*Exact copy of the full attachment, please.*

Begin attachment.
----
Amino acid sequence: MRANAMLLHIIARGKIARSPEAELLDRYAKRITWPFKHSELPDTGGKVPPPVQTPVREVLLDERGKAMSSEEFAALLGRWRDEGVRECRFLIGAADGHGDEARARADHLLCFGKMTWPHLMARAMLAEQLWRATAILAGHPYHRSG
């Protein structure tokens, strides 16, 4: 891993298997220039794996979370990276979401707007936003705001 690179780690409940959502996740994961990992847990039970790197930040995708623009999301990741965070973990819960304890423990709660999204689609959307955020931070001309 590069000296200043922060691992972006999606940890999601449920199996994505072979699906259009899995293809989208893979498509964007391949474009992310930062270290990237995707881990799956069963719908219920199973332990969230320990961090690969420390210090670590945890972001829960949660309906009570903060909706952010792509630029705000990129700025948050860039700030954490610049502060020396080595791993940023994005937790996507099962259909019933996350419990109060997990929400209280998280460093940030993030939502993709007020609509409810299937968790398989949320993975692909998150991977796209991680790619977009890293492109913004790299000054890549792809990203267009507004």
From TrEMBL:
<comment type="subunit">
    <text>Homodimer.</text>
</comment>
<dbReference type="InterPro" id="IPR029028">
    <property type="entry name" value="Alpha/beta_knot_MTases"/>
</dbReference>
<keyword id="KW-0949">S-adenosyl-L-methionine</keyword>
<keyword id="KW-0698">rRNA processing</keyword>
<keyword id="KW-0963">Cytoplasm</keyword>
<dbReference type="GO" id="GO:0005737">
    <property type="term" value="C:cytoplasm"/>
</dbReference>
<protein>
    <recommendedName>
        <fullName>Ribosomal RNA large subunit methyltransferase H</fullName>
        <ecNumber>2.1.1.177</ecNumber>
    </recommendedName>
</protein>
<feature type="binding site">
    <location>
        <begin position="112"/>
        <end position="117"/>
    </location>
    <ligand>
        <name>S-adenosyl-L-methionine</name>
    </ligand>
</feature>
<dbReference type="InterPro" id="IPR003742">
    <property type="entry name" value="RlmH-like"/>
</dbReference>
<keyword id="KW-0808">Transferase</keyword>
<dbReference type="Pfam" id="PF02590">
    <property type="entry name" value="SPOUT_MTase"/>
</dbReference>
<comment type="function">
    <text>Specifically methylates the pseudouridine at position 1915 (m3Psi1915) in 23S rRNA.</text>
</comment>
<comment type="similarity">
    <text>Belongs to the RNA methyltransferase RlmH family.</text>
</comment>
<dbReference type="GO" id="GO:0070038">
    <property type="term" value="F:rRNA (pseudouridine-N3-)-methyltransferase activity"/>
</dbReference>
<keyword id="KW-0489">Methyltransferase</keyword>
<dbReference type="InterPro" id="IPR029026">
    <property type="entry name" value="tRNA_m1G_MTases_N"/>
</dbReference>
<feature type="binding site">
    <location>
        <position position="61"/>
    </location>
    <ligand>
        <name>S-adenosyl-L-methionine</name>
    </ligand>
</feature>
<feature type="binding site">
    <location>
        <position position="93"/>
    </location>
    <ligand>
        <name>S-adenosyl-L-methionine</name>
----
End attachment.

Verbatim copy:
Amino acid sequence: MRANAMLLHIIARGKIARSPEAELLDRYAKRITWPFKHSELPDTGGKVPPPVQTPVREVLLDERGKAMSSEEFAALLGRWRDEGVRECRFLIGAADGHGDEARARADHLLCFGKMTWPHLMARAMLAEQLWRATAILAGHPYHRSG
């Protein structure tokens, strides 16, 4: 891993298997220039794996979370990276979401707007936003705001 690179780690409940959502996740994961990992847990039970790197930040995708623009999301990741965070973990819960304890423990709660999204689609959307955020931070001309 590069000296200043922060691992972006999606940890999601449920199996994505072979699906259009899995293809989208893979498509964007391949474009992310930062270290990237995707881990799956069963719908219920199973332990969230320990961090690969420390210090670590945890972001829960949660309906009570903060909706952010792509630029705000990129700025948050860039700030954490610049502060020396080595791993940023994005937790996507099962259909019933996350419990109060997990929400209280998280460093940030993030939502993709007020609509409810299937968790398989949320993975692909998150991977796209991680790619977009890293492109913004790299000054890549792809990203267009507004």
From TrEMBL:
<comment type="subunit">
    <text>Homodimer.</text>
</comment>
<dbReference type="InterPro" id="IPR029028">
    <property type="entry name" value="Alpha/beta_knot_MTases"/>
</dbReference>
<keyword id="KW-0949">S-adenosyl-L-methionine</keyword>
<keyword id="KW-0698">rRNA processing</keyword>
<keyword id="KW-0963">Cytoplasm</keyword>
<dbReference type="GO" id="GO:0005737">
    <property type="term" value="C:cytoplasm"/>
</dbReference>
<protein>
    <recommendedName>
        <fullName>Ribosomal RNA large subunit methyltransferase H</fullName>
        <ecNumber>2.1.1.177</ecNumber>
    </recommendedName>
</protein>
<feature type="binding site">
    <location>
        <begin position="112"/>
        <end position="117"/>
    </location>
    <ligand>
        <name>S-adenosyl-L-methionine</name>
    </ligand>
</feature>
<dbReference type="InterPro" id="IPR003742">
    <property type="entry name" value="RlmH-like"/>
</dbReference>
<keyword id="KW-0808">Transferase</keyword>
<dbReference type="Pfam" id="PF02590">
    <property type="entry name" value="SPOUT_MTase"/>
</dbReference>
<comment type="function">
    <text>Specifically methylates the pseudouridine at position 1915 (m3Psi1915) in 23S rRNA.</text>
</comment>
<comment type="similarity">
    <text>Belongs to the RNA methyltransferase RlmH family.</text>
</comment>
<dbReference type="GO" id="GO:0070038">
    <property type="term" value="F:rRNA (pseudouridine-N3-)-methyltransferase activity"/>
</dbReference>
<keyword id="KW-0489">Methyltransferase</keyword>
<dbReference type="InterPro" id="IPR029026">
    <property type="entry name" value="tRNA_m1G_MTases_N"/>
</dbReference>
<feature type="binding site">
    <location>
        <position position="61"/>
    </location>
    <ligand>
        <name>S-adenosyl-L-methionine</name>
    </ligand>
</feature>
<feature type="binding site">
    <location>
        <position position="93"/>
    </location>
    <ligand>
        <name>S-adenosyl-L-methionine</name>